because it's being acted upon - the sentence being in negative makes no difference here.
Thank you for the answer, but this logic does not satisfy me. What I mean is that with the same logic one could say the in the sentence "I do not have fish" fish is being acted upon and the sentence being negative makes no difference, so the fish should be in accusative: "У меня нет рыбу.". As far I understand though, in such a sentence the correct form should be genitive: "У меня нет рыбы.".
Could someone please clarify this for me? When does a negated sentence require the object to be in genitive?
The difference in your first example, though, is that grammatically the sentences are structured differently in both languages. "To have" in English is transitive and it takes a direct object, but in Russian there is no such transitive action and instead the idea is expressed with the (literal) translation as "By me no fish". Just bear in mind that cases and tense, etc., do not translate 100% between languages - what's prepositional in one might be expressed with dative in another, or one might require a nominative subject while the other might only imply a subject through verb conjugation.
Regarding negated transitive verb sentences in Russian, there's a good and simple post about it on this site: http://blogs.transparent.com/russian/accusative-and-genitive-in-negative-russian-sentences/ The long story short is that generally, tangible/concrete nouns (book, car, machine, etc.) will still be accusative even in a negated sentence (like in this one, where we're talking about fish), whereas abstract nouns (thoughts, ideas, proposals, etc.) will take genitive case. As that site points out, though, you still might encounter both cases.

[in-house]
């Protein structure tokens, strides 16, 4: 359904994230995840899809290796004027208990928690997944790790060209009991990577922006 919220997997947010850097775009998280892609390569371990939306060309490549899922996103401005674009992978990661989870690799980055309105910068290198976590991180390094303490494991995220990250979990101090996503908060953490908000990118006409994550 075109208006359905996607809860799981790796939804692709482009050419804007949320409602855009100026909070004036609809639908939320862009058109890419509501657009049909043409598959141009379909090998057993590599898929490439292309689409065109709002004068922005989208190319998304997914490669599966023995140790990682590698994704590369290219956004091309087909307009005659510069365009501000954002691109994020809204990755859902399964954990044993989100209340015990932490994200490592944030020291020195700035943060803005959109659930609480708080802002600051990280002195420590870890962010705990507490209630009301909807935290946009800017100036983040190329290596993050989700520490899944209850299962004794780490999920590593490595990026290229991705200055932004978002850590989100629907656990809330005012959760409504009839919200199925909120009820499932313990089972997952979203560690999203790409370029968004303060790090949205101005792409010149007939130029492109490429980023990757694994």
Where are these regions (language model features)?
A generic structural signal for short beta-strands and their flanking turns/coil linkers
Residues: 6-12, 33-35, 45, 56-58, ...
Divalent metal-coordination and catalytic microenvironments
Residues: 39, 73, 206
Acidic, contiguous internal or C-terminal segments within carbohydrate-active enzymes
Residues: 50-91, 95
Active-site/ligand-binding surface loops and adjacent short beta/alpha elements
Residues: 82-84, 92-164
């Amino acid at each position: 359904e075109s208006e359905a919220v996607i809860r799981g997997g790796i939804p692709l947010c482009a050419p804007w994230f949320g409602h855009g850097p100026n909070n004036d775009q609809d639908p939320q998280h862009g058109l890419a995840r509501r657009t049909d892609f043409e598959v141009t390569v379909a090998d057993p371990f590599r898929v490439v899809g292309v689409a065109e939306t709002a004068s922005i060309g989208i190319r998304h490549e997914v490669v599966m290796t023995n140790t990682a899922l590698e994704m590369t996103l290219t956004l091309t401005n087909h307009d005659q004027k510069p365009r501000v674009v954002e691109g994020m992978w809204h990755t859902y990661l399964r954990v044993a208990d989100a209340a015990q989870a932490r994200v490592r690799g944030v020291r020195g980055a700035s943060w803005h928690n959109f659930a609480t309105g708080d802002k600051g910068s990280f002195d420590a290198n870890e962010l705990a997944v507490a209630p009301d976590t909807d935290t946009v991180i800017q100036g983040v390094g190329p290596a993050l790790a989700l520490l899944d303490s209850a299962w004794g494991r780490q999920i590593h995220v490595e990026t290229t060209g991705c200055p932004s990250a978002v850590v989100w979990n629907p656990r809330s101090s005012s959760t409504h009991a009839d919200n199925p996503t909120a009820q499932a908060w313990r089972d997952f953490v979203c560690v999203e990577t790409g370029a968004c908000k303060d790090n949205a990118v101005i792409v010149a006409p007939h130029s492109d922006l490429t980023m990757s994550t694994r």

Children? Is that childish? I though it was the old way to do it, older Russian. Like «Я не пью пива».
I meant to say when children are capricious (don't want to eat), they can say Я не ем рыбы. it means that they don't eat any fish at all.
It makes two sense.
You have dinner and they serve fish, then you need to say Я не ем рыбу! (nominative) you talk about this fish dish.
You tell someone about your habits, in this case you need to say Я не ем рыбы! because you talk about many kinds of fish (genitive). Another version Я не ем рыб sounds odd.
Я не пью пива is the same.
But isn't that just what the sentence is saying: "I don't eat fish - ever, at all"
Given the exercise answer and your explanation, it seems like a matter of form rather than content: Use accusative for "I don't eat fish" and genitive for "I don't eat any fish" - but in English the mean the same thing. There is some subtle nuance of distinction in the English, and I suppose there is also that nuance in Russian, but to me it seems like a distinction without a difference.
Pay your attention the qestion was about рыбы. Yes, рыбу you can say in any case with little difference.
I don't eat fish at all - Я не ем рыбу вообще
In polish you could say: Ja nie jem ryby (if it's about one fish), or Ja nie jem ryb (if it's about any fish at all) :)
This is because the sentence means you don't eat fish in general. You don't like fish, you don't eat it ever. This is how I understand it.
That’s fine, but you’re probably doing it for the wrong reasons, Mr. Lovecraft.
Is it just me, or the Я in this sentence kinda sounds like "ye"? Is there any reason/explanation for that?
Is рыбу a "Mass Noun", like картошку "potatoes" (картошку is feminine accusative singular)?
Why is the не totally inaudible at normal speed? Do Russians really slur their words this badly?
why рыбу? isnt 'fish' a mass noun? how can an accusative replace the negative rule?
@susanashe - Bear in mind that collective nouns in Russian still decline depending on their gender - feminine words ending in -a/-я will take an -у/-ю ending in the accusative regardless if it's collective or not.
In this case, рыба is actually not a collective in Russian like it is in English. A fish is рыба, many fish is рыбы.